If your Villain has minions, why are they loyal to him? If he is mean to them all the time, they won’t be loyal; they will abandon him entirely! I don’t care how super-powered he is, Mankind will find some way to get away from a bad boss. That is one of the first laws of Humanity.
Avoid the cliché of the Bad Guy who kills or abuses his minions whenever he has a temper-tantrum. A person who is able to gather together hundreds of people and somehow make them stick around is probably 1) organized, 2) fair, 3) pays his workers, 4) charismatic, likable or has leadership ability, and 5) probably looks out for the best interests of his minions. Just because he is a Nazi doesn’t mean he is a bad manager. After all, Nazis get great health benefits packages and retirement plans!
If he is a disorganized, unlikable, immature, petty, whiny leader, it is probably because he was put in charge artificially by some large organizational structure like a Military. In this case, the Villain may be the boss in a position of legal authority and the Hero might be someone stuck underneath this guy, who is forced to become a criminal and break the law in order to escape or stop him from his tyranny. (Make sure the Hero has lots of angst about breaking the law and doing bad-guy style things just to do what has to be done.) But even so, we can understand and sympathize with this Villain. Maybe he doesn’t want to be there any more than his underlings want him to be there. Maybe he is insecure about his ability to lead, constantly dreading confrontation, and therefore acting out inappropriately to try to appear as ‘strong.’ We should get inside your Villain’s head.
Having lots of minions always give your Villain yet another good non-wacky reason to be doing what he is doing. The more people who believe in his vision, the more he thinks he is right. He will use the sheer number of his loyal minions as proof that he is Right.
The second type of Villain is much, much simpler and more terrifying than the backward-good-guy Villain. The Pure Evil Villain is the one your readers will truly despise, and hated with a rabid insane bloodthirsty rage… if you do him right.
Pure Evil is a whole different ball of wax than the backward-good-guy. Both types of Villain work according to the same rules, however: both of them have reasons why they do everything. Both of them have a totally logical world-view, that makes sense from inside the bizarre and sideways universe of their own mind. Both kinds of Villain believe that their actions are the only sane, reasonable, or even possible option available. Usually, Villains believe they are backed into a corner and there is no other option at all.
Tip: if a character believes there are no choices except one, they are probably a bad guy. Good by its very nature (which is in essence creativity) always presents multiple choices, but a classic characteristic of evil is to force a person to act out of a false belief that there is only one option.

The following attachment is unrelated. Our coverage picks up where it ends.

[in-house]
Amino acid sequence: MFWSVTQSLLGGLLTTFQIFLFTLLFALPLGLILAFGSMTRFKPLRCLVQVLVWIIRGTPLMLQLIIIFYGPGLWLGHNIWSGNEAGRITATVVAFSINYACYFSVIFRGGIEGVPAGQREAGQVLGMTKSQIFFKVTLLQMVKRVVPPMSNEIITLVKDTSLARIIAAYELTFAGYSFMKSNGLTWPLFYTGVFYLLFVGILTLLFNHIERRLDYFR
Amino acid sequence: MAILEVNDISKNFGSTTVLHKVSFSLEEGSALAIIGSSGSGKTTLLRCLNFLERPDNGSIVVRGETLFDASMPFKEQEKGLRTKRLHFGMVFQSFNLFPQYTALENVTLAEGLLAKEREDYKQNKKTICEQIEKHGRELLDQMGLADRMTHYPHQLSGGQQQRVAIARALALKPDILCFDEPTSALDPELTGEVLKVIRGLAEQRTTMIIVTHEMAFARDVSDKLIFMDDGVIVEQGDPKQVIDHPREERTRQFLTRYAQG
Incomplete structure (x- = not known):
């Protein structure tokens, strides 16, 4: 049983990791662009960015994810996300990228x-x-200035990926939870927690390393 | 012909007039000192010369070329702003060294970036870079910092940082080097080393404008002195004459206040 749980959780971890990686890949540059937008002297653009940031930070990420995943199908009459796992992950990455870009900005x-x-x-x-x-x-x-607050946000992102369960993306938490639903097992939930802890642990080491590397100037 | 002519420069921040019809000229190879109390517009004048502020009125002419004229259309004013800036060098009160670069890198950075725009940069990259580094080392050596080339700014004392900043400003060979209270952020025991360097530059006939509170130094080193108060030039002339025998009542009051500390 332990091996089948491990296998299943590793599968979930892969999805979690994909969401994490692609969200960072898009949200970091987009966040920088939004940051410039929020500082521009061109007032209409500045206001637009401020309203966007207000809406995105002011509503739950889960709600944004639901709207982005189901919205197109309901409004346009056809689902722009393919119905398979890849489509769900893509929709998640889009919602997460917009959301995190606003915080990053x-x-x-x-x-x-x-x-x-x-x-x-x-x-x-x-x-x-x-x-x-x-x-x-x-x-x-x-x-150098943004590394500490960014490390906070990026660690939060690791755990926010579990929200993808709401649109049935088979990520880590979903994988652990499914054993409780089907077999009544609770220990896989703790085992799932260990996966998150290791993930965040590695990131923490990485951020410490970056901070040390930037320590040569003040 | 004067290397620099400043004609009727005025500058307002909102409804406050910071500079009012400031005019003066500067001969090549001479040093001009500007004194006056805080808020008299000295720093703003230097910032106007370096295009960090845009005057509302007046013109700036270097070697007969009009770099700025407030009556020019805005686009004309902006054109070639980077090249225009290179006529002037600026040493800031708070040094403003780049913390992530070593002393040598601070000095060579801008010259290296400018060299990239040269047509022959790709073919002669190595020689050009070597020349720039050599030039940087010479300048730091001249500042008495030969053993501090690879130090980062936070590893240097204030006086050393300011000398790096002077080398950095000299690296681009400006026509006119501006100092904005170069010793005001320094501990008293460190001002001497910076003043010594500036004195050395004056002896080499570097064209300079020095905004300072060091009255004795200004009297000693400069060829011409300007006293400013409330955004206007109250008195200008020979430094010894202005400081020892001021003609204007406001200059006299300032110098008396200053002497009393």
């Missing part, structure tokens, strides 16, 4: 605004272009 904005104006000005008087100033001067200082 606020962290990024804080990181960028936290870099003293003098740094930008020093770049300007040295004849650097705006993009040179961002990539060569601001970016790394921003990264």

The essence of the pure evil Villain is hunger. Here is how he developed: long ago, he was in pain and desperate, needing something horribly. No matter where he turned, no matter how he begged or cried, no one and nothing could or would help him.
The pain of the need eventually drove him to the hard decision within his own heart that he would do anything to feed the hunger. Once he made that decision, he essentially set himself up as his own god; a god is anything that will fulfill all of a person’s needs, usually by giving it sacrifices. Once he determined that HE would feed HIS OWN need until it was full, he set himself on a path of conquest.
Of course, the more he sacrifices to fill the need, the more it demands. At this point, the Villain has become a spiritual cancer, or a virus; he is unable to stop consuming everything around him in order to fill his need, and logic doesn’t make a dent in this guy. He has already sacrificed reason and logic to the Need, those are the first things to go.
The Need of course remains. Something is still eating this guy, and will continue to do so for as long as he feeds the Need. The only way out of the trap is for this person to somehow come to the blinding epiphany that he will never be able to satisfy his hunger, and seek outside help. But the very last thing in a pure evil Villain to die is pride; he is stubborn, determined, resourceful, smart, and absolutely decided that he will fix this himself. He will accept no help, he will listen to no voice, he will not have pity or mercy until he has stopped the pain within.